The BlackBerry Z30
The Z30, BlackBerry’s fourth smartphone based around the BB10 operating, was announced last week by the Canadian company, and I’ve spent time this week with the 5 inch touchscreen handset to see what BlackBerry can offer in this ‘second generation’ handset.
Last week also saw a few other announcements from BlackBerry, ranging from extensive job losses to a bid that would take the company back into private ownership. These are all going to have an impact on the Z30, but I’m going to address them in a more detailed article in the near future. Right now I just want to look at the Z30 ahead of its availability in the UK tomorrow.
Out of the box two things struck me. The first is that they’ve got the presentation sorted. A matt black box, with the Z30 proudly on the top tray. Below that a cardboard sleeve for the flip cover, and then the USB cables, AC charger, and in-ear headphones in the lower level. It all feels rather slick, professional, and gives a great first impression.
And then I found the spare battery. Because the Z30 is a sealed unit, this is an external battery pack for recharging the handset through the micro USB port. It’s one way to get around the short battery life that the Z10 suffered. The other way is to put a really big battery cell inside the handset, which they’ve done. With a 2880 mAh battery, the Z30 has a lot of power.
But that power does come with some caveats. The first is that much of the extra capacity is going to be used by the larger 5 inch capacitive touch-screen (now using Super AMOLED, rather than the LCD technology of the Z10), while the second is that the BB10 OS does not seem to be as efficient as other mobile operating systems. I’ll be watching the battery life as I review the handset and cover this more in the main review next week here on Forbes. BlackBerry has stated the Z30 will run for 25 hours with ‘varied use’.
Spec wise the handset is powered by a 1.7 GHz Snapdragon S4 Pro CPU, an Adreno 320 GPU, and 2 GB or RAM, which is a similar load out to the middle-high end Android smartphones this handset will be in direct competition with. BlackBerry is also pushing the ‘natural sound’ capabilities of the device, with stereo speakers and improved audio handling for media playback and video calling.
The BlackBerry Z30 Hub
The other notable change in the Z30 (apart from the general scaling up of the size and specs) is the OS. The Z30 comes with v10.2 of the BB10 operating system. As a point change there’s nothing fundamentally new about the use or operation of the handset from the Z10, Q10, and Q5 that we’ve looked at previously. You still have the fascination with gestures replacing the home keys and status bars of other handsets, you still have the glance functionality to look at incoming messages over a number of social networks, services, and email boxes, you still have access to BBM, and the third party application support is still patchy.
Visible highlights of the 10.2 update can be seen in a number of places, but given the focus on messaging in the handset, the addition of the ‘Priority Hub’ is one to draw attention to. Over time, the Z30 will learn what messages are important to you, and will endeavour to highlight these so you can have quick access to them. With the potential avalanche of messages from Twitter, Facebook, LinkedIn, and other sources, this could prove useful to the busy Z30 user.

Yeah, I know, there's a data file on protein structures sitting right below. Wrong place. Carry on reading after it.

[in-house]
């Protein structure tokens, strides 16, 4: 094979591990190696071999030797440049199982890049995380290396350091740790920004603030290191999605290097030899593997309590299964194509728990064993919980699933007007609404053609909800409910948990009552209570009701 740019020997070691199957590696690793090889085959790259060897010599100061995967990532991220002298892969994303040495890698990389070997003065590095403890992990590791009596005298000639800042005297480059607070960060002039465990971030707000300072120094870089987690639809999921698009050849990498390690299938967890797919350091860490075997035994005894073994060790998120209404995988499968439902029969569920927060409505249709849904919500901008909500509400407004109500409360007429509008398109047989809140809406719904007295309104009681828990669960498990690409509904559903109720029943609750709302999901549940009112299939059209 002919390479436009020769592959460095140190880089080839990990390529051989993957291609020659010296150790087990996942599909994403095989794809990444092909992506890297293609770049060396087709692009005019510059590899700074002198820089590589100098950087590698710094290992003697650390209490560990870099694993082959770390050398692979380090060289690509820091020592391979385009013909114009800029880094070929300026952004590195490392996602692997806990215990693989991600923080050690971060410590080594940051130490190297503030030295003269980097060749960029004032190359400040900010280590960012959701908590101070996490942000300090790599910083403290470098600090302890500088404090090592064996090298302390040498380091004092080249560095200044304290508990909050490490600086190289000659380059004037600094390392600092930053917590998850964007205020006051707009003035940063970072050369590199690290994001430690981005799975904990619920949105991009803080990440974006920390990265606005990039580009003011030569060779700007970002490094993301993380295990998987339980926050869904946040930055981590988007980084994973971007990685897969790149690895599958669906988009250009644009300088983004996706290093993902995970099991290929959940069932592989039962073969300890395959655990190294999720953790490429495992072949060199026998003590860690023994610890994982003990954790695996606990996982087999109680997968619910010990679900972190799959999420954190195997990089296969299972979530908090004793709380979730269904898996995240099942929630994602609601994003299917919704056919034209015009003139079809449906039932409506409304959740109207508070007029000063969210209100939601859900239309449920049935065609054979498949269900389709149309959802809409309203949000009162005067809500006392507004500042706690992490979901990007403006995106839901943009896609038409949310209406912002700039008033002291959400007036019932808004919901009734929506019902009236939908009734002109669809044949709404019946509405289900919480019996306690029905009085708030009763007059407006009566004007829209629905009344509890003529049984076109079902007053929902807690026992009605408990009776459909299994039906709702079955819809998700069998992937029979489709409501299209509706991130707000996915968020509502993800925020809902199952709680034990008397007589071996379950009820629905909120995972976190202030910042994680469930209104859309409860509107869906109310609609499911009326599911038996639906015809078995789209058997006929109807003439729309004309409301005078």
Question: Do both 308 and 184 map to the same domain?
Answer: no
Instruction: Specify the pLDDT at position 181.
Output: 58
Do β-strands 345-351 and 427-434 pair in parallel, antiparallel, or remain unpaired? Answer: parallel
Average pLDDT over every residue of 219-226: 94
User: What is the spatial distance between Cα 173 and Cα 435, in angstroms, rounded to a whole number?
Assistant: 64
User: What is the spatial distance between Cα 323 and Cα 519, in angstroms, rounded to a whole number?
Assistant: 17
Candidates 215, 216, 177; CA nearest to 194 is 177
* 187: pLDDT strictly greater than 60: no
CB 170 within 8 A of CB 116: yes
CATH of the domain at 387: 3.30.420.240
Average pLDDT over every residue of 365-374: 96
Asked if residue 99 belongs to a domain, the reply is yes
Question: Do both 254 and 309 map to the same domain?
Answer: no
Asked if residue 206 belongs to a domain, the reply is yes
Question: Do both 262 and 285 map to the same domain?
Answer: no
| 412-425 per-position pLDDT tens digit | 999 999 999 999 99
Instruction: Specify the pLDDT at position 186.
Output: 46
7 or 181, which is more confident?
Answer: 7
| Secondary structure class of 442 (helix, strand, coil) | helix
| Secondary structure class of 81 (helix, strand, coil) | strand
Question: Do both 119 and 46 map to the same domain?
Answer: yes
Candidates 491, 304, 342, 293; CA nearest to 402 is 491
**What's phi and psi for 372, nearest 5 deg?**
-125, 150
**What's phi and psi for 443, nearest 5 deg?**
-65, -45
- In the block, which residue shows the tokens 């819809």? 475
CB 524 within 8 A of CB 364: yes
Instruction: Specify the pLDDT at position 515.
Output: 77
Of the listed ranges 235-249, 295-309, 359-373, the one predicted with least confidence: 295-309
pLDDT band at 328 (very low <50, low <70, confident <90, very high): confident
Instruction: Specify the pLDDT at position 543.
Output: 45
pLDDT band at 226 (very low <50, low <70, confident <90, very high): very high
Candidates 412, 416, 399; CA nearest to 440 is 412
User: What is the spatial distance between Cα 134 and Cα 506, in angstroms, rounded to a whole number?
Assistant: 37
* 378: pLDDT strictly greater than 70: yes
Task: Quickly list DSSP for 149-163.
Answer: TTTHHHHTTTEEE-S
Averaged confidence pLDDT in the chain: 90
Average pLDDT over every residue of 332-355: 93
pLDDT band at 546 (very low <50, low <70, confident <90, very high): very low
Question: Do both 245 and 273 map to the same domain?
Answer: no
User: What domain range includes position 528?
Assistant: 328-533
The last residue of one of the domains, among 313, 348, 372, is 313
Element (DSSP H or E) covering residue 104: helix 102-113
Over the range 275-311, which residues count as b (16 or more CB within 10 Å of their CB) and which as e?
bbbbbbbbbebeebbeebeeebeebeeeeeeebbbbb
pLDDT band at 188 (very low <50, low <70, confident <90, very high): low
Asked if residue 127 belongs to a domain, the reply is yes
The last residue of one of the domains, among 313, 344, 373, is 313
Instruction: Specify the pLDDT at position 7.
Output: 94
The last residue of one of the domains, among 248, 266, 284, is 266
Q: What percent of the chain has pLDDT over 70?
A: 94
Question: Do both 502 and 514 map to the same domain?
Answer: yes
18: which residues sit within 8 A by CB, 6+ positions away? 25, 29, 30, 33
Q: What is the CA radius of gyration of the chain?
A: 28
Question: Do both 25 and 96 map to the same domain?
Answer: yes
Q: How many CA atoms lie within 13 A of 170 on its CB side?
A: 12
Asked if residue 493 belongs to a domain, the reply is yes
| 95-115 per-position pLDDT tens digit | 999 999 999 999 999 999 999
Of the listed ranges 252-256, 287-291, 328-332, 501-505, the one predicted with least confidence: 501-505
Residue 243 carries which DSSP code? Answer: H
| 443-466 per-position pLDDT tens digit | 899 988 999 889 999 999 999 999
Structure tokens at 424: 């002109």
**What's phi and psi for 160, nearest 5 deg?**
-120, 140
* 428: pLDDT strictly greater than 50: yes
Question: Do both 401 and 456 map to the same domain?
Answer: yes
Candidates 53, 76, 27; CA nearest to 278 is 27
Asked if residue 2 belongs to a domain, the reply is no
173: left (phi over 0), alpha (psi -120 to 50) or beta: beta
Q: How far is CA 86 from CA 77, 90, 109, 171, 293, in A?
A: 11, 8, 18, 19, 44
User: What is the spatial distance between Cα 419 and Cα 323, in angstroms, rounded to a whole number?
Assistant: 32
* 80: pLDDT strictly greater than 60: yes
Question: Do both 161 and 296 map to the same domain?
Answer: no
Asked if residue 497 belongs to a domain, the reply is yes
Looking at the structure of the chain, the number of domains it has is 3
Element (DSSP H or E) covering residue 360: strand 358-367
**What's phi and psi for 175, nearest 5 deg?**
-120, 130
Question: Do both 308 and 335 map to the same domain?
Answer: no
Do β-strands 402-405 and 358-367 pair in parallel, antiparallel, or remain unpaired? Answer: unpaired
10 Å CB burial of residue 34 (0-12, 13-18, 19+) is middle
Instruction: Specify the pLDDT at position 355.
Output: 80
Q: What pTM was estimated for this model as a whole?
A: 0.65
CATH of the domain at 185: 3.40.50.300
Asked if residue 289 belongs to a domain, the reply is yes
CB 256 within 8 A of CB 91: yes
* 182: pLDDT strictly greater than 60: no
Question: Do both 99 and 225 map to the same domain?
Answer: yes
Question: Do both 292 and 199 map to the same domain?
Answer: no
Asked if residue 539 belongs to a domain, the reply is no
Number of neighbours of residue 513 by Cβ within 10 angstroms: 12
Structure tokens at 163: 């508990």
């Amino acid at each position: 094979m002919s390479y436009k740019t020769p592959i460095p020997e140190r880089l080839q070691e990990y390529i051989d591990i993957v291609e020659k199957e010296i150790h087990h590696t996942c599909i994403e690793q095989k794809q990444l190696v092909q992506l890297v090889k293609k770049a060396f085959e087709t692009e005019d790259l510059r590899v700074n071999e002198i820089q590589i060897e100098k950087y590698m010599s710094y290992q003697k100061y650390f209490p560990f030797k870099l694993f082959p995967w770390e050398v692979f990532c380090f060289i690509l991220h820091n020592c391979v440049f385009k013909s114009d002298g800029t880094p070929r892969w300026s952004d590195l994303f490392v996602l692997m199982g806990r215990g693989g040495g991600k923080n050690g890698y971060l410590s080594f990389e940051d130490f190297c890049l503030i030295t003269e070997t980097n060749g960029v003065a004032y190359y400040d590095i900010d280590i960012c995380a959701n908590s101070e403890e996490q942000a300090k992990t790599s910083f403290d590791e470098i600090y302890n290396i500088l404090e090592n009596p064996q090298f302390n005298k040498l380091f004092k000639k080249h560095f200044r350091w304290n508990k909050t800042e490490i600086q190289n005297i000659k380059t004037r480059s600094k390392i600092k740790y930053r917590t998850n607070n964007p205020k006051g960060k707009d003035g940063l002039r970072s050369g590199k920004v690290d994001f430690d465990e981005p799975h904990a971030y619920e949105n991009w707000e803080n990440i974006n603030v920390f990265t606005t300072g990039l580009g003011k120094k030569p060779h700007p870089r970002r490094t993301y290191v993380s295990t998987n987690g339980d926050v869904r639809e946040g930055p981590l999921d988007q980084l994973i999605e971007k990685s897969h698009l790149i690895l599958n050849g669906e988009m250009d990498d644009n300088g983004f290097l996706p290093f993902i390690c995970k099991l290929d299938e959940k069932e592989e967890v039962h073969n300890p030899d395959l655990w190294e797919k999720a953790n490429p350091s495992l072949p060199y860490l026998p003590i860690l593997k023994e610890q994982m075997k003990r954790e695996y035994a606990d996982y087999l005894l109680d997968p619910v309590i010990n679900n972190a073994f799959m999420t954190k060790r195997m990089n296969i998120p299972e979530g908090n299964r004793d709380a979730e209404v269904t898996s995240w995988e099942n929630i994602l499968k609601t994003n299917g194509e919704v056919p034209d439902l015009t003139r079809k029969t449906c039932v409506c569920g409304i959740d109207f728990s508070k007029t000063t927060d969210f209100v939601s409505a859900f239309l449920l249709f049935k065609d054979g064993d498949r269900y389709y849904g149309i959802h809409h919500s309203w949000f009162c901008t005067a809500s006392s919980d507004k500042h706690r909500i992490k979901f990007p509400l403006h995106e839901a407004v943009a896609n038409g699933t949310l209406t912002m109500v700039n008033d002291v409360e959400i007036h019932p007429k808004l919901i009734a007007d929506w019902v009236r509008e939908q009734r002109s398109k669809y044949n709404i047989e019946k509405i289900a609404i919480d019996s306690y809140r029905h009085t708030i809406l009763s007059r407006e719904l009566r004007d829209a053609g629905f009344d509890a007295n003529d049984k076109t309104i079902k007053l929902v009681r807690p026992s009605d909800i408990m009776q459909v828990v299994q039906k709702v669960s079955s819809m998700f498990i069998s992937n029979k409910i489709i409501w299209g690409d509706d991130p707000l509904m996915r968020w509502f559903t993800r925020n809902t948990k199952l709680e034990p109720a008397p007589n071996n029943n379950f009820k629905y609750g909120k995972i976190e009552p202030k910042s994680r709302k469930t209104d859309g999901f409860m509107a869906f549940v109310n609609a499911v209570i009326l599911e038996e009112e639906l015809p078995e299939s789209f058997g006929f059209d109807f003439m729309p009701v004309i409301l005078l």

You can also reply to incoming messages without going to them through the hub. Receive a message alert across the top of the screen when you are working, and a quick swipe gesture down and you have the option to reply to the message from that screen. A nice touch, and one of many that have been added since the Z10 to help with your workflow around communications.
From this short time, the Z30 takes many lessons from the Z10 and the BlackBerry team has applied these to make the core experience of BB10.2 one that fits better with the connected experience of 2013, although I still think that being limited to a single Twitter account, and a lack of Facebook Pages inclusion in the hub, stops BB10 overall being anything other than a consumer focused OS, which is unfortunate given the focus on the prosumer that BlackBerry is now pushing for.
The BlackBerry Z30 on the Z10
Putting the new handset next to the older Z10, and you can see that the Z30 is a clear improvement. The physical styling of the handset is more welcoming and is a better fit in my hand; the increased screen size blends in to the front of the handset and the extra size takes away the cramped feeling of BB10 that hindered the first all-touchscreen on the Z10 (and show just how poorly suited a physical keyboard is to the new OS).
But being better than the last handset is not enough. The Z30 is going to be placed alongside handsets like the Samsung Galaxy S4, the iPhone 5S, and the Nokia Lumia 925/928. My gut feeling is that while the Z30 handles the basics well, it will struggle when you push the envelope.
So for the next week I’ll be living with the BlackBerry Z30 to see how well you can push the envelope with the handset, both as it stands now, and if all of BlackBerry’s online services were to be switched off. There’s a strong chance that this could be the last new handset from BlackBerry, and if that is the case I hope they can go out with their head held high.
There is a market for the Z30, but I don’t think it’s as large as BlackBerry hope. In an unbiased world many people would happily consider the Z30 in-store, but I don’t see it being an immediate ‘must buy’, more like a handset that needs careful consideration. That means the business issues around BlackBerry are going to come into the decision process, and that will make the Z30 an interesting purchase to justify.